Warrant Economics, Call-Put Policy Options and the Fallacies of Economic Theory
AbstractIn this paper we aim to trace the roots of the ongoing economic mayhem and to unmask the chorus of the tragedy which plays on the world stage. The main thesis of our work is that, despite the triumphant rhetoric praising the merits of perfect competition, the global fields of the dysfunctional market system have mushroomed in what we call Warrant Economics for the Free-Market Aristocracy . Warrant Economics unfolds in two symbiotic tenets that constitute the subtle architecture of the neoliberal edifice: (i) the systemic creation and preservation of inequality via Call-Put policy options, and (ii) the systemic exploitation of inequality via novel and toxic forms of securitisation. In effect, the power structure of insiders' capitalism that we describe, through the costless appropriation of an intricate cobweb of Call-Put structures, has distorted competition and accelerated economic concentration. We view the income distribution effect, which favours the top 1%, and the business concentration effect, which gravitates competition towards oligopolistic/monopolistic industries, as the two sides of the Warrant Economics coin. We argue that the Warrant Economics state of capitalism has been legitimised by a degenerating research programme blossomed under the fallacy that economics is the "physics of society". In this faculty of thought, we perceive the Great Recession as a symptom of Warrant Economics, rather than as a tsunami-like event.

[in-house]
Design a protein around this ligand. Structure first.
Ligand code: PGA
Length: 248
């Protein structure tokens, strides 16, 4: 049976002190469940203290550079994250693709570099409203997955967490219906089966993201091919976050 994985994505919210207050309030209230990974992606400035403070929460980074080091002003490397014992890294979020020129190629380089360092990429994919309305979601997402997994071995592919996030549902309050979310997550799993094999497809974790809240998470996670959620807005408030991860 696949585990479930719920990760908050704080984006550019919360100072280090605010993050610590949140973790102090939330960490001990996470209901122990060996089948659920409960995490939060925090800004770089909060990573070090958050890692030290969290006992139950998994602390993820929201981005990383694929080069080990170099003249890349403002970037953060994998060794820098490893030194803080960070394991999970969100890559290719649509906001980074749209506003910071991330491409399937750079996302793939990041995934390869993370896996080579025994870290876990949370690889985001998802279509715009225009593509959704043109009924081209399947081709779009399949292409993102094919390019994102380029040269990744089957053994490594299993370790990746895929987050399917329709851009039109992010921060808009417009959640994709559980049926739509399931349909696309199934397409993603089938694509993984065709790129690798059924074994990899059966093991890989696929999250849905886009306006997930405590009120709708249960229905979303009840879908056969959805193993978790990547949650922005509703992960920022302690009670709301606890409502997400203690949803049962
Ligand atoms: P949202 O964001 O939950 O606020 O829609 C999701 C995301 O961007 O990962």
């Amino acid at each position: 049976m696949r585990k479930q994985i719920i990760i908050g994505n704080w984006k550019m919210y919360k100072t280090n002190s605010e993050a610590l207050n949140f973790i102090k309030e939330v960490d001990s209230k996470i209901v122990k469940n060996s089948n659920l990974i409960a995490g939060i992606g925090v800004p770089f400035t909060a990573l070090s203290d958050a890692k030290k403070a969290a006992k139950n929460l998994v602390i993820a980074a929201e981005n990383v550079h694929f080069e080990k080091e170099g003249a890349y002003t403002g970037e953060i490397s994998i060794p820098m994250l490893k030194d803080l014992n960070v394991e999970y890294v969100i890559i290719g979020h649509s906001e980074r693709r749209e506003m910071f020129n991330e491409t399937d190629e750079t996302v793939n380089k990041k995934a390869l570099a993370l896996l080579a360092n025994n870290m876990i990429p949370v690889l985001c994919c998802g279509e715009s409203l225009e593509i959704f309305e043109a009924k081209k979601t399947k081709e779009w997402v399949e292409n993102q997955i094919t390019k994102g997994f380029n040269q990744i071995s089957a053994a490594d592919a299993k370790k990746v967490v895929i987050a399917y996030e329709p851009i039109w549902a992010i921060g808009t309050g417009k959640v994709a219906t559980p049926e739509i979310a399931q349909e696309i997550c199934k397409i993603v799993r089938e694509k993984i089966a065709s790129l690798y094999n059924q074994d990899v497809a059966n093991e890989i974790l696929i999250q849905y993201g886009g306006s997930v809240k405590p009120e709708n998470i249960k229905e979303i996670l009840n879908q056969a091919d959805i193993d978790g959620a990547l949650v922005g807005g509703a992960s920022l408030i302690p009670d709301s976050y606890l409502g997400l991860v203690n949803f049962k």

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Bibliographic InfoPaper provided by Queen Mary, University of London, School of Economics and Finance in its series Working Papers with number 686.
Date of creation: Dec 2011
Date of revision:
Warrant Economics; Call-Put policy options; Securitisation; Monopoly; Income distribution; Great Recession; Sovereign debt;
Other versions of this item:
- Hatgioannides, John & Karanassou, Marika, 2011. "Warrant Economics, Call-Put Policy Options and the Fallacies of Economic Theory," IZA Discussion Papers 6251, Institute for the Study of Labor (IZA).
- E66 - Macroeconomics and Monetary Economics - - Macroeconomic Policy, Macroeconomic Aspects of Public Finance, and General Outlook - - - General Outlook and Conditions
- G01 - Financial Economics - - General - - - Financial Crises
- G10 - Financial Economics - - General Financial Markets - - - General (includes Measurement and Data)
This paper has been announced in the following NEP Reports:
- NEP-ALL-2012-01-03 (All new papers)
- NEP-HME-2012-01-03 (Heterodox Microeconomics)
- NEP-HPE-2012-01-03 (History & Philosophy of Economics)
- NEP-MAC-2012-01-03 (Macroeconomics)
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